What do you get when you combine agriculture, farm animals, friendly townsfolk, and video games?
If you guessed Harvest Moon, 10,000 Internet points for you!
The Harvest Moon series is one of my favorites; I love it and can’t seem to get enough! All in all there are about 25 Harvest Moon games and spin-offs, so chances are if you play video games you’ve maybe run into one or two at some point in your gaming career. If you are a weirdo like me, you own most of the games.
In all of the Harvest Moon games, you play a character that moves to a new town and has decided to start a farm. There are many different story lines, from your grandpa dying and wanting you to take over the farm, to you needing to save the town from extinction.
The original game, titled ‘Harvest Moon’, was released for SNES in 1997. Though I have played it, sadly this is one of the Harvest Moon games I don’t own (it’s pretty pricey and my dad won’t give me his SNES).
The next game, and the one many more people have actually played, was ‘Harvest Moon 64’ which came out for the Nintendo 64 in 1999. This version of the game is often a fan-favorite because it involved interesting townsfolk and dating! Your character (a male) could woo the girl of his dreams, marry her, and have a child.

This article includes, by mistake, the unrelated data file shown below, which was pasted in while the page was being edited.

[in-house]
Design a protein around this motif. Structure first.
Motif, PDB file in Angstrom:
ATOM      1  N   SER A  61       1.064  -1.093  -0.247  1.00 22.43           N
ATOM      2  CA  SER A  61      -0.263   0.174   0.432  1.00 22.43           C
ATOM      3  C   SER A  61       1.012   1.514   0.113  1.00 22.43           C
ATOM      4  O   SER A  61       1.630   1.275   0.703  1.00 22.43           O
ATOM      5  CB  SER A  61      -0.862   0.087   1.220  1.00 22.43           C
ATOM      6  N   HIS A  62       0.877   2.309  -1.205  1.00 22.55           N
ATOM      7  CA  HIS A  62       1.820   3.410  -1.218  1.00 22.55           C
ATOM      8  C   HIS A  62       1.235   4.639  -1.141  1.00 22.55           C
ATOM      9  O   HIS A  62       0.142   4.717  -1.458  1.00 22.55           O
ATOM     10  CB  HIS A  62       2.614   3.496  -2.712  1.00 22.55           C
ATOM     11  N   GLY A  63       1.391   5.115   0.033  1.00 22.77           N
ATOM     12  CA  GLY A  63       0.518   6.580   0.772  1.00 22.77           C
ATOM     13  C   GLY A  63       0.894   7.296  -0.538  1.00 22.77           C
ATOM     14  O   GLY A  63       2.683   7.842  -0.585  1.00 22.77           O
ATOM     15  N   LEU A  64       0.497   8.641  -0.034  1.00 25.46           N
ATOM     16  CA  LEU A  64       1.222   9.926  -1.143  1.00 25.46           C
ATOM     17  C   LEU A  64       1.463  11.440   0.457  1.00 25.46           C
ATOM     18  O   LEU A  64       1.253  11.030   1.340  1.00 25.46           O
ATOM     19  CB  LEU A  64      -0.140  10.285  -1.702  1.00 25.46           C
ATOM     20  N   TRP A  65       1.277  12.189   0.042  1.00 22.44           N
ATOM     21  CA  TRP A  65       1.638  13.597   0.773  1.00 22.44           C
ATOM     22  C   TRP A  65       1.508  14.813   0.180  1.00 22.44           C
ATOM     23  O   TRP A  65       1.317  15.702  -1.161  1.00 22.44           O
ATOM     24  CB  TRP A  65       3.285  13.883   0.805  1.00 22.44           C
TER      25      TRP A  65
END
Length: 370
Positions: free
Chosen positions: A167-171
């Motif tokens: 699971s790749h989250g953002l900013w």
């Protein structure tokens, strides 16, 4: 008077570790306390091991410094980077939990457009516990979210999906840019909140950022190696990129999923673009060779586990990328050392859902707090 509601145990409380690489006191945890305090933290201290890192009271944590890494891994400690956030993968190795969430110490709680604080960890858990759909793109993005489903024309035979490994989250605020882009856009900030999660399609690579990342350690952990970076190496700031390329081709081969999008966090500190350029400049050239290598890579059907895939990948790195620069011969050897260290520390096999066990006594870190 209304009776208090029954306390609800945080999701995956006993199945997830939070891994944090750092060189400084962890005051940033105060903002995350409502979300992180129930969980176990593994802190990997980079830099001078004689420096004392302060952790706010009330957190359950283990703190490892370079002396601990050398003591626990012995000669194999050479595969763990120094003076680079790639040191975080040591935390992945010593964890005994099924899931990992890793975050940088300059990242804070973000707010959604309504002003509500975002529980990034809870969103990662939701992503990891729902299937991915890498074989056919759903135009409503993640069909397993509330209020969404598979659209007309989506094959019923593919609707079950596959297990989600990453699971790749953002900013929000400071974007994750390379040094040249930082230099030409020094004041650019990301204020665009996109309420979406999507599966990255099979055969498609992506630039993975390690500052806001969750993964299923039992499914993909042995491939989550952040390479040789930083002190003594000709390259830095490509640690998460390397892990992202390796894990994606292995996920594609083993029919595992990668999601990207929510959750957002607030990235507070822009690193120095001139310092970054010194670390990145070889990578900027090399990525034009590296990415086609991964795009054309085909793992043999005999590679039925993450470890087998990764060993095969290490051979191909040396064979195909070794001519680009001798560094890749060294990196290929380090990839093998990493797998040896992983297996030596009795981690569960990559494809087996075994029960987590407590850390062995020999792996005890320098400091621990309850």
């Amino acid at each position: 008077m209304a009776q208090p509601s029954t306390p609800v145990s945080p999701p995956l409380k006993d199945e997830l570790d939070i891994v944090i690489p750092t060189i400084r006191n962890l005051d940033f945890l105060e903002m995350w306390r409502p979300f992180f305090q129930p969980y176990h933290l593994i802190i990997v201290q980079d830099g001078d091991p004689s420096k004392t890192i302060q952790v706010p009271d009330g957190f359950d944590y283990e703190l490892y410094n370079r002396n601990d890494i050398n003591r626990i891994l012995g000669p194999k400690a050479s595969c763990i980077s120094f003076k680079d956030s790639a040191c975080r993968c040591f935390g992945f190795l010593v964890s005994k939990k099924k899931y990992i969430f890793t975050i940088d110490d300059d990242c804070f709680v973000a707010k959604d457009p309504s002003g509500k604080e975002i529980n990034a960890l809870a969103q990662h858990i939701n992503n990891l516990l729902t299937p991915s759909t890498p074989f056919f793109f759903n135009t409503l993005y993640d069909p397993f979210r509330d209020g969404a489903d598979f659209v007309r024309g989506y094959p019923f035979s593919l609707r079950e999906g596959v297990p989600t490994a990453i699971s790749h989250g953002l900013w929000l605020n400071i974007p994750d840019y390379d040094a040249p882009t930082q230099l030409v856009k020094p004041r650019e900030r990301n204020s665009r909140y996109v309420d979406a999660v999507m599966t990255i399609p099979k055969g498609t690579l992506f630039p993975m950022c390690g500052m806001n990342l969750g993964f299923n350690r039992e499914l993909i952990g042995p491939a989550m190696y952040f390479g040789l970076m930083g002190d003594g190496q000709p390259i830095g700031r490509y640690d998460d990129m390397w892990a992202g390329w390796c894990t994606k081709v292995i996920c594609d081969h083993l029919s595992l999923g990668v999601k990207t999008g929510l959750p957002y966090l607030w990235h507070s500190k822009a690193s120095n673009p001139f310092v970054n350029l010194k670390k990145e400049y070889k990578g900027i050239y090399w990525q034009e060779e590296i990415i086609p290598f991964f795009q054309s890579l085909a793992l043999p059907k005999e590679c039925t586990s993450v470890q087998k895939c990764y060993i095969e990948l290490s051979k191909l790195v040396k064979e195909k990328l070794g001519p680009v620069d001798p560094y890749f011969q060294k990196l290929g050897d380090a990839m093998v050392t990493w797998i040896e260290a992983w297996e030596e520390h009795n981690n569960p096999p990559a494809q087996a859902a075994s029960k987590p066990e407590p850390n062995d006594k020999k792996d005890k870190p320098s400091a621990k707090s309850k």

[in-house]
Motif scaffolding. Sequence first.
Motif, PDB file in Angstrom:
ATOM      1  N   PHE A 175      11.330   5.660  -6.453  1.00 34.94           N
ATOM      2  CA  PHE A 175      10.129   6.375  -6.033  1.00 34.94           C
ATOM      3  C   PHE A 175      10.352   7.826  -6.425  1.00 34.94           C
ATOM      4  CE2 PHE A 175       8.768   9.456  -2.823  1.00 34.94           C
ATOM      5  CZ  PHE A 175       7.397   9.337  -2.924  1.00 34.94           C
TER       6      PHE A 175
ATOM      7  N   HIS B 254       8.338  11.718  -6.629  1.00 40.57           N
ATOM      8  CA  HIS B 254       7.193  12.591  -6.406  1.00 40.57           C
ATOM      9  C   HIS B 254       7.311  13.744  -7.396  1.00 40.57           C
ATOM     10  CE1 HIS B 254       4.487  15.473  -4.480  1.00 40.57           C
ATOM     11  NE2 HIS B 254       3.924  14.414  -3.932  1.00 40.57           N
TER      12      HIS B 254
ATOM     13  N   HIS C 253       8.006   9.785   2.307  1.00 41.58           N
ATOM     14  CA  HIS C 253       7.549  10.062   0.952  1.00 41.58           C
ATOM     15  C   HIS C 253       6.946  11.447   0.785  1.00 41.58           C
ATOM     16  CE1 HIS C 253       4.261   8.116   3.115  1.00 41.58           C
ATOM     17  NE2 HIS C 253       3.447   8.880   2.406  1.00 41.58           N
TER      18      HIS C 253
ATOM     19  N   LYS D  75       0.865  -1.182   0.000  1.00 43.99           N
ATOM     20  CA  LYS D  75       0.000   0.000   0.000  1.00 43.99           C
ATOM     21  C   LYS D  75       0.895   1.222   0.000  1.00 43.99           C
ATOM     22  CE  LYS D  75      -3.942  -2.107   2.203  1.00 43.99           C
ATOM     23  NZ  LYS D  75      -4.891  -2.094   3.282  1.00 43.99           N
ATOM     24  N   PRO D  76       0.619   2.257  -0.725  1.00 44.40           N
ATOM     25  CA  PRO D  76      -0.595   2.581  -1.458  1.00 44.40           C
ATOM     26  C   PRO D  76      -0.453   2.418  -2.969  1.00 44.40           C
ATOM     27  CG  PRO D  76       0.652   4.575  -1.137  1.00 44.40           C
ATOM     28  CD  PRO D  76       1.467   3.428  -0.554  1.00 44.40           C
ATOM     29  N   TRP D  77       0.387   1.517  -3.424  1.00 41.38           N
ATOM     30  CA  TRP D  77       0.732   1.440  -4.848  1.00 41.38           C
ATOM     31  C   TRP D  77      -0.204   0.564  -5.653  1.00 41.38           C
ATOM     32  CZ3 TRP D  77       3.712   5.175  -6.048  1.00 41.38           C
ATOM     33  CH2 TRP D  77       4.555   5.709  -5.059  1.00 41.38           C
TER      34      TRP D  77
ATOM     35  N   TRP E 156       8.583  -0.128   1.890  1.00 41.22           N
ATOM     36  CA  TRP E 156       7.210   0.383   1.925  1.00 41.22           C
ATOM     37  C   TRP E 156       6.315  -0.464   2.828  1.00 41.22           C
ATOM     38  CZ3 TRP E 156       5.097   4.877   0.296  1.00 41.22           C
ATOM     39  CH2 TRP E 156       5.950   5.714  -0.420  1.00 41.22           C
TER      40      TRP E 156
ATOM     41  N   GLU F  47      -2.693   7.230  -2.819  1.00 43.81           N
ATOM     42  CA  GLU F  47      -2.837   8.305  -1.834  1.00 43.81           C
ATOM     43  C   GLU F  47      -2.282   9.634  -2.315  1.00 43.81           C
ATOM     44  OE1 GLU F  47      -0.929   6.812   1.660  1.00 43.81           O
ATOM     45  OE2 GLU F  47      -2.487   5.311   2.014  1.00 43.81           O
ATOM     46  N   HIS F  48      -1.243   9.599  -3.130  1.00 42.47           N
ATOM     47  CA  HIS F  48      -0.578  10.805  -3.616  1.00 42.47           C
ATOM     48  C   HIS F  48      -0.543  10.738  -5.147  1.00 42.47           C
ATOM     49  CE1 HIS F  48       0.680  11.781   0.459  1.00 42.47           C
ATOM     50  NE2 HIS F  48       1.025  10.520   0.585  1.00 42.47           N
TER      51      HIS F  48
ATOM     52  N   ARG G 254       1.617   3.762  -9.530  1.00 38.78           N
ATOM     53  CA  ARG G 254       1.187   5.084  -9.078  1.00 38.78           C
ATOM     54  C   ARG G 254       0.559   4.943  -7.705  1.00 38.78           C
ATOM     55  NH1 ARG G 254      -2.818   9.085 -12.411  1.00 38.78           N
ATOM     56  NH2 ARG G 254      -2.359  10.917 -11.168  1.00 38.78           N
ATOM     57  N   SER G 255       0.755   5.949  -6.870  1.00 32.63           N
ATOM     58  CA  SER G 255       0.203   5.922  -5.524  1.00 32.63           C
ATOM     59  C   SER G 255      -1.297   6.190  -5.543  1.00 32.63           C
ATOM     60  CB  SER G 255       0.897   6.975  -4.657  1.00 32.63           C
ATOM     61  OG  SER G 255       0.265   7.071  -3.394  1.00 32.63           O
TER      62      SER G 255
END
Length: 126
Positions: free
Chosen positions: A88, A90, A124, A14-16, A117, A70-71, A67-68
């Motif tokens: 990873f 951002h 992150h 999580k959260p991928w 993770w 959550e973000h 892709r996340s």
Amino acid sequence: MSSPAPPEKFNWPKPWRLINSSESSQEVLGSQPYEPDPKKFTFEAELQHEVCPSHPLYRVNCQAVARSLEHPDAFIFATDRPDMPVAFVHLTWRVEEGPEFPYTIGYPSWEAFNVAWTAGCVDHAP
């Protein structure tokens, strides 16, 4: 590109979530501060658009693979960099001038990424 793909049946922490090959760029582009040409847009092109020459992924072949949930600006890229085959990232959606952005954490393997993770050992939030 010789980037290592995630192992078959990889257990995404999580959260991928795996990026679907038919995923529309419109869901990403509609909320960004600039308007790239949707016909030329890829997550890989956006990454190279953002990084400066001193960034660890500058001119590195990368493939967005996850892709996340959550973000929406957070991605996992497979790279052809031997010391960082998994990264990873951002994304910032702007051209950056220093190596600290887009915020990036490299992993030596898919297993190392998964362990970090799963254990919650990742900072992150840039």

Farming and raising livestock has always been a major part of the game-play. Interacting with the townsfolk is another staple in the series. In some of the spin-offs, the ‘Rune Factory’ series, you can fight monsters, which you can also capture and raise on your farm!
My most recent acquisition was ‘Harvest Moon: A New Beginning for the 3DS’ (which I will probably do a review of once I’ve put in a few more hours of play-time, but so far I like it).
I’ve been thinking a lot about what it is exactly that makes these games so addicting and enjoyable for me (and, I’m assuming, other people like them too since they keep making them). I mean, basically you are doing chores the entire game and there’s a lot of repetition — what’s fun about that?
I had a friend once who told me he liked to play Harvest Moon because it was so relaxing. That idea really stuck with me and I’ve come to realize that I felt the same way. Harvest Moon games always take place in peaceful village where life is so simple. It definitely is a form of escapism.
There’s also a very strong feeling of gratification when you accomplish something in a Harvest Moon game. You spend two weeks (in-game time) to grow a crop, then you finally get to ship it and make a profit to buy a cow. Then you raise that cow, feeding and brushing it everyday, for at least a month (in-game time again) until one day you can milk it! These small accomplishments can make you feel happy for the rest of the day (IRL).
I also really enjoy the interactions with the townsfolk, bachelors, and bachelorettes! Again, it takes a lot of in-game time and dedication to get these people to like you, but it’s fun to unlock special cut-scenes, and conversations as you get to know different characters better.
Harvest Moon is a happy world, where happy thing happen (most of the time) and it makes you feel good when you play it.
But, perhaps I simply love Harvest Moon because I’ve been playing it for so long. When my brother and I were kids, he was helping me pick out a Gameboy Color game at Target one day. He pointed out ‘Harvest Moon 2 GB’ through the glass display case and said, “You’d probably love that game, there are cute animals in it.”
And boy, he was right on the mark.